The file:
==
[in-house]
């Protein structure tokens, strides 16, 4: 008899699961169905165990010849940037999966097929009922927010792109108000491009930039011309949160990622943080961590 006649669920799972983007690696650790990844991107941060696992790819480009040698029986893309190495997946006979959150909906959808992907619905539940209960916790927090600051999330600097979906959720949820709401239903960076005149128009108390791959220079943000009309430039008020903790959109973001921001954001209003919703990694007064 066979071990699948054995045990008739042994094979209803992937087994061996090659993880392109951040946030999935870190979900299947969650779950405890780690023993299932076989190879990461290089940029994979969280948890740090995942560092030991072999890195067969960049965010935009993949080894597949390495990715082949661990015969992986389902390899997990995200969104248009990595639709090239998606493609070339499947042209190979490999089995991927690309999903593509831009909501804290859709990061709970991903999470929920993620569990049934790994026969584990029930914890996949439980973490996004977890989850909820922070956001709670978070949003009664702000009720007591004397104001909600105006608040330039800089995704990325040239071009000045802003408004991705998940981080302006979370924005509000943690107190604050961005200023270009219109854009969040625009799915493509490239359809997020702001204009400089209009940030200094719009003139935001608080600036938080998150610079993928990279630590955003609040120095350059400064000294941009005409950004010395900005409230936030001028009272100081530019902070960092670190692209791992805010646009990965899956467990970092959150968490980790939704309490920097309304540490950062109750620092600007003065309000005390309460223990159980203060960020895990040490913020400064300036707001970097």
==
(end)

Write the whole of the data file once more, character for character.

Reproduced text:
[in-house]
């Protein structure tokens, strides 16, 4: 008899699961169905165990010849940037999966097929009922927010792109108000491009930039011309949160990622943080961590 006649669920799972983007690696650790990844991107941060696992790819480009040698029986893309190495997946006979959150909906959808992907619905539940209960916790927090600051999330600097979906959720949820709401239903960076005149128009108390791959220079943000009309430039008020903790959109973001921001954001209003919703990694007064 066979071990699948054995045990008739042994094979209803992937087994061996090659993880392109951040946030999935870190979900299947969650779950405890780690023993299932076989190879990461290089940029994979969280948890740090995942560092030991072999890195067969960049965010935009993949080894597949390495990715082949661990015969992986389902390899997990995200969104248009990595639709090239998606493609070339499947042209190979490999089995991927690309999903593509831009909501804290859709990061709970991903999470929920993620569990049934790994026969584990029930914890996949439980973490996004977890989850909820922070956001709670978070949003009664702000009720007591004397104001909600105006608040330039800089995704990325040239071009000045802003408004991705998940981080302006979370924005509000943690107190604050961005200023270009219109854009969040625009799915493509490239359809997020702001204009400089209009940030200094719009003139935001608080600036938080998150610079993928990279630590955003609040120095350059400064000294941009005409950004010395900005409230936030001028009272100081530019902070960092670190692209791992805010646009990965899956467990970092959150968490980790939704309490920097309304540490950062109750620092600007003065309000005390309460223990159980203060960020895990040490913020400064300036707001970097």